Nigerian soldiers opened fire on demonstrators protesting against police brutality in Lagos and at least two people were shot, according to several witnesses, as authorities imposed a curfew and promised an investigation.
Four witnesses told reported that soldiers fired at the protesters who had gathered in the Lekki district of Nigeria’s largest city in defiance of an indefinite curfew imposed hours earlier by the authorities.
Hundreds of people were at the site at the time of the shooting, which witnesses said took place around 7pm (18:00 GMT).
“They started firing ammunition toward the crowd. They were firing into the crowd,” said Alfred Ononugbo, 55, a security officer. “I saw the bullet hit one or two persons,” he said.
Inyene Akpan, 26, a photographer, said more than 20 soldiers arrived at the toll gate in Lekki and opened fire. He said he saw two people being shot. Akinbosola Ogunsanya, a third witness, also said he saw soldiers remove bodies adding that he would give a state broadcast on Wednesday morning.
Earlier, Sanwo-Olu alleged that criminals had hijacked the protest movement “to unleash mayhem” and announced a curfew in the city.
The state government earlier said it would open an investigation into the shooting. A Nigerian army spokesman did not immediately respond to requests for comment.
Lagos is one of five of Nigeria’s 36 states to have announced movement restrictions in the last two days. Protesters pledged to remain on Lagos’s streets regardless.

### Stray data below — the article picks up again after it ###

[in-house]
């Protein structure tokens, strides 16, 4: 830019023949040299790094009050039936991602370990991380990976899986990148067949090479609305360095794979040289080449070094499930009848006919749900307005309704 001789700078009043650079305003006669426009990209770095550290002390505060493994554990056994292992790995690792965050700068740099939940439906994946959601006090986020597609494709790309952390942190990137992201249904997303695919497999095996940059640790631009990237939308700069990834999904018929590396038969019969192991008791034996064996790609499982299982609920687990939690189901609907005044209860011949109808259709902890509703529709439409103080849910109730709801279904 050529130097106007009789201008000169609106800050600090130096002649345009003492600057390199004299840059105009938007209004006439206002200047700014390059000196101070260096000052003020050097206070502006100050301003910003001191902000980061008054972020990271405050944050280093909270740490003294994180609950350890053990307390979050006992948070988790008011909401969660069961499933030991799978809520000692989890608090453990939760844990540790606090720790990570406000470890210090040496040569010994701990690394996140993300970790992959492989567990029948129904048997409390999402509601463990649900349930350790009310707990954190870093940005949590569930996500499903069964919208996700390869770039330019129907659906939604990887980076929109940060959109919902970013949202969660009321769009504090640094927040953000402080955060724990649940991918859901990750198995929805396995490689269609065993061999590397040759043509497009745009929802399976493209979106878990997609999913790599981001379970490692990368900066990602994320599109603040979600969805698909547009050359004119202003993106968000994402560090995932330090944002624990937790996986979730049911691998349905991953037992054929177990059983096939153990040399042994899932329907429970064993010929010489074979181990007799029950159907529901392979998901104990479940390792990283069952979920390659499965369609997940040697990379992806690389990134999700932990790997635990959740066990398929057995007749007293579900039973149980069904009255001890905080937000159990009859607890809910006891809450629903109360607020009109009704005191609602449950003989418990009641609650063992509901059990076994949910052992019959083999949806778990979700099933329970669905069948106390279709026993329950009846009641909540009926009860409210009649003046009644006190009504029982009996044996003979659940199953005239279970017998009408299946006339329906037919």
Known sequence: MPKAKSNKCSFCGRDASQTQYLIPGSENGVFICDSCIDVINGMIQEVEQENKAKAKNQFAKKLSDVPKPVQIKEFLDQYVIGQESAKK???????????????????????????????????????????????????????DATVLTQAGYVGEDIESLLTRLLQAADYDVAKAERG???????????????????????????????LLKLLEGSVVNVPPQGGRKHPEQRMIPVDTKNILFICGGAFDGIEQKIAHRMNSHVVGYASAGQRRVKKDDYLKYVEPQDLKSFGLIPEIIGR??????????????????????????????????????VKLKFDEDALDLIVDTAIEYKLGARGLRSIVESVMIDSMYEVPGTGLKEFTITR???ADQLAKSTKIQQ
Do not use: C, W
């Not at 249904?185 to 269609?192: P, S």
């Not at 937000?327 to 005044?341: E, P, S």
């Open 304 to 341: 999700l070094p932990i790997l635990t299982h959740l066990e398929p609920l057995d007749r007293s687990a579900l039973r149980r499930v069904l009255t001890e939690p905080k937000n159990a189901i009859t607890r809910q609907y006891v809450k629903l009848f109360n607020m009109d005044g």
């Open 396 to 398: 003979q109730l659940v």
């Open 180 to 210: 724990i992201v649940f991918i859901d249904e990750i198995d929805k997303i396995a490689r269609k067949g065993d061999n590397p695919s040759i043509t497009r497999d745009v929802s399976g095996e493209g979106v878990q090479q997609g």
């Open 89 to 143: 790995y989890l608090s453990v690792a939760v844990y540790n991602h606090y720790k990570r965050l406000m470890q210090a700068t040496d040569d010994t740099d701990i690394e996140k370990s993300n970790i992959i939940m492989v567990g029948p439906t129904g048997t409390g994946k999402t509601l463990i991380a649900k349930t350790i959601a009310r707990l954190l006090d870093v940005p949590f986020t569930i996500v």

“Are you afraid?” a man shouted to the flag-waving crowd from a stage. “We will stay here peacefully,” 32-year-old demonstrator Akin clamoured. “This is our new home.”
Separately on Tuesday, the national police chief ordered the immediate deployment of anti-riot forces nationwide following increased attacks on police facilities, according to a police spokesman.
Tens of thousands of people have been taking to the streets every day for nearly two weeks across Nigeria to demand an end to police violence.
The protests, organised under the #EndSARS hashtag, began with calls to scrap a notorious police unit, the Special Anti-Robbery Squad (SARS), which has long been accused of extortion, torture and extrajudicial killings.
After days of widespread demonstrations, the authorities announced SARS would be disbanded, ordering all personnel to report to the police headquarters in Abuja for debriefing and psychological and medical examinations.
Officials said SARS would be replaced by a Special Weapons and Tactics (SWAT) team in which the announcement is not so appealing to the protesters. Africanewsguru update.